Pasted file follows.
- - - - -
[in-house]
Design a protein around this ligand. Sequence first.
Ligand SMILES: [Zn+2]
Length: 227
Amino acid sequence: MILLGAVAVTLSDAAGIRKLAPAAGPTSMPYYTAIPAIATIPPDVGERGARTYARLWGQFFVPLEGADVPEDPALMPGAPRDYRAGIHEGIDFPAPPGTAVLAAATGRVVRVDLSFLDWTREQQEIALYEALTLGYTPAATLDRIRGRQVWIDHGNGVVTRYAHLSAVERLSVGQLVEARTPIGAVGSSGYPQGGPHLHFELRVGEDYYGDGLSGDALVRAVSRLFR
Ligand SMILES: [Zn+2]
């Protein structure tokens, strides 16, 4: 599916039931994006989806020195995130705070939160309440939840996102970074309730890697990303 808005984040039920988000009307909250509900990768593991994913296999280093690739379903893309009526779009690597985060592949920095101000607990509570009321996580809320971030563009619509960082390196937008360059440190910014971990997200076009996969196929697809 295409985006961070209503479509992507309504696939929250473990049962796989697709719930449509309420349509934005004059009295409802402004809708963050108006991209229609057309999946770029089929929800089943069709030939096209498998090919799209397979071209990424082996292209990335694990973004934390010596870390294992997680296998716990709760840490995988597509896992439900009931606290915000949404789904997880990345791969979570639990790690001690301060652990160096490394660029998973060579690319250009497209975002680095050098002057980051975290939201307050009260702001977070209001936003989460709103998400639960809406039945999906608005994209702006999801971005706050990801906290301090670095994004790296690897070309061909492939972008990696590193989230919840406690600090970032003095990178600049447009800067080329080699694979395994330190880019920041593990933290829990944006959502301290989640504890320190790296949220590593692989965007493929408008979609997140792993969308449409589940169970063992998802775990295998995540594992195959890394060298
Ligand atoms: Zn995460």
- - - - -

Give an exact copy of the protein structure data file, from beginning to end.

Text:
[in-house]
Design a protein around this ligand. Sequence first.
Ligand SMILES: [Zn+2]
Length: 227
Amino acid sequence: MILLGAVAVTLSDAAGIRKLAPAAGPTSMPYYTAIPAIATIPPDVGERGARTYARLWGQFFVPLEGADVPEDPALMPGAPRDYRAGIHEGIDFPAPPGTAVLAAATGRVVRVDLSFLDWTREQQEIALYEALTLGYTPAATLDRIRGRQVWIDHGNGVVTRYAHLSAVERLSVGQLVEARTPIGAVGSSGYPQGGPHLHFELRVGEDYYGDGLSGDALVRAVSRLFR
Ligand SMILES: [Zn+2]
């Protein structure tokens, strides 16, 4: 599916039931994006989806020195995130705070939160309440939840996102970074309730890697990303 808005984040039920988000009307909250509900990768593991994913296999280093690739379903893309009526779009690597985060592949920095101000607990509570009321996580809320971030563009619509960082390196937008360059440190910014971990997200076009996969196929697809 295409985006961070209503479509992507309504696939929250473990049962796989697709719930449509309420349509934005004059009295409802402004809708963050108006991209229609057309999946770029089929929800089943069709030939096209498998090919799209397979071209990424082996292209990335694990973004934390010596870390294992997680296998716990709760840490995988597509896992439900009931606290915000949404789904997880990345791969979570639990790690001690301060652990160096490394660029998973060579690319250009497209975002680095050098002057980051975290939201307050009260702001977070209001936003989460709103998400639960809406039945999906608005994209702006999801971005706050990801906290301090670095994004790296690897070309061909492939972008990696590193989230919840406690600090970032003095990178600049447009800067080329080699694979395994330190880019920041593990933290829990944006959502301290989640504890320190790296949220590593692989965007493929408008979609997140792993969308449409589940169970063992998802775990295998995540594992195959890394060298
Ligand atoms: Zn995460």